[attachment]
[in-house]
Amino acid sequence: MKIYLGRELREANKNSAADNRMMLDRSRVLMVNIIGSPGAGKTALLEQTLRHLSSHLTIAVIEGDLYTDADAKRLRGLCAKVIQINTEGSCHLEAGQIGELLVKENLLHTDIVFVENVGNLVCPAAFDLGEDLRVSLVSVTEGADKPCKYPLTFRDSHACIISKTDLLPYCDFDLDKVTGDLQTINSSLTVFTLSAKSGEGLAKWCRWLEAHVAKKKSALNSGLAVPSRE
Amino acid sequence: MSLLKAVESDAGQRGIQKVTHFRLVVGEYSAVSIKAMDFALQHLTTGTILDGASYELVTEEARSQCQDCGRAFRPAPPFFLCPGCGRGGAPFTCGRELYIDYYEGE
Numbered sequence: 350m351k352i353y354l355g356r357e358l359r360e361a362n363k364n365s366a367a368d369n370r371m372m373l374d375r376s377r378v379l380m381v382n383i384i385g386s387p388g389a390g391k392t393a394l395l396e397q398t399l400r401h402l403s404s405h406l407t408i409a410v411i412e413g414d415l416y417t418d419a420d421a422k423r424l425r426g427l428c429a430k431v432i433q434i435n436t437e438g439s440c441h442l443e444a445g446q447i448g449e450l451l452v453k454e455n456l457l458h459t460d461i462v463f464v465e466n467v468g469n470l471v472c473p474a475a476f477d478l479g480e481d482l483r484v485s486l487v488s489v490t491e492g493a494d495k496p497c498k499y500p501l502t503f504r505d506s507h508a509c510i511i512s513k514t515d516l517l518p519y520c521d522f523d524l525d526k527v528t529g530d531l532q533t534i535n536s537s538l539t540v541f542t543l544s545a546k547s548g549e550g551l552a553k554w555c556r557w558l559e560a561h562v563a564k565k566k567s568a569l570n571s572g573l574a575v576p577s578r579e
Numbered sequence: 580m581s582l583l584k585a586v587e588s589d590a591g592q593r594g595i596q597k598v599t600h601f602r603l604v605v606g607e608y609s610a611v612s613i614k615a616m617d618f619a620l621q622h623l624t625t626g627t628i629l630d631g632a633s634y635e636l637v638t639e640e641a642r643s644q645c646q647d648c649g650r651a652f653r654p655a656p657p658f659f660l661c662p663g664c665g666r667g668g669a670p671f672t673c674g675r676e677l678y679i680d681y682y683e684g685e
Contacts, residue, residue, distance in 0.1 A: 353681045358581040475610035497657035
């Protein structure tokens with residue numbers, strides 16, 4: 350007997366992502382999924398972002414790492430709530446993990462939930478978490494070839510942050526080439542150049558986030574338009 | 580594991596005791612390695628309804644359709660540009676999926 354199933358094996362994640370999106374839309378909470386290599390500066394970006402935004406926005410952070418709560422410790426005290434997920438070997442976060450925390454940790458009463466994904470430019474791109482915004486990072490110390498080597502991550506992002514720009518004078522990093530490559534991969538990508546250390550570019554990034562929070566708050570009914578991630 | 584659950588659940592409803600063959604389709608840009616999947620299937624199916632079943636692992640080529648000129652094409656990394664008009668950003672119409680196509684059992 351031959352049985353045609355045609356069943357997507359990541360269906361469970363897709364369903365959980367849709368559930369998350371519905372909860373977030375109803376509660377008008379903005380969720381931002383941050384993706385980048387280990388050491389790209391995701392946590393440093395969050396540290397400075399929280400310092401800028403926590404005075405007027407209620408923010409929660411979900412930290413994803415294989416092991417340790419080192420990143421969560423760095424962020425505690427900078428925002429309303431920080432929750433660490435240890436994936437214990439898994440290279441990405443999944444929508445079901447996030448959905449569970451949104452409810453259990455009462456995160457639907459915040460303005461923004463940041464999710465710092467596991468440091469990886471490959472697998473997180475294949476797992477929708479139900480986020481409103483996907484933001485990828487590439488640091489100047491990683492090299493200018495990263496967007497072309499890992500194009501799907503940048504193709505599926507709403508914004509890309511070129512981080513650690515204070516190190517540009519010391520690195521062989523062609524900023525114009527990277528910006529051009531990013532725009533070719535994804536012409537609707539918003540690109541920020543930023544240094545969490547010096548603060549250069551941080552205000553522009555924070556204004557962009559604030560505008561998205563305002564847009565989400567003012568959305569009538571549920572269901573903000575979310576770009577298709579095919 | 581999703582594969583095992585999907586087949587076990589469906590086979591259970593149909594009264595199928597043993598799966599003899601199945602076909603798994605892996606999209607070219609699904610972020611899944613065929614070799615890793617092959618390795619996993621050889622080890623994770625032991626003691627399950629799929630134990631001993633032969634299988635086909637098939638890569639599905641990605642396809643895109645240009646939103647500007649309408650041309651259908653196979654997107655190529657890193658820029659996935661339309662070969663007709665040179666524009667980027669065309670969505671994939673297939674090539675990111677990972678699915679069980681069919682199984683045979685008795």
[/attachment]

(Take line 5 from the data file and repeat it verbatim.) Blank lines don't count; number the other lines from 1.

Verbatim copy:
Numbered sequence: 580m581s582l583l584k585a586v587e588s589d590a591g592q593r594g595i596q597k598v599t600h601f602r603l604v605v606g607e608y609s610a611v612s613i614k615a616m617d618f619a620l621q622h623l624t625t626g627t628i629l630d631g632a633s634y635e636l637v638t639e640e641a642r643s644q645c646q647d648c649g650r651a652f653r654p655a656p657p658f659f660l661c662p663g664c665g666r667g668g669a670p671f672t673c674g675r676e677l678y679i680d681y682y683e684g685e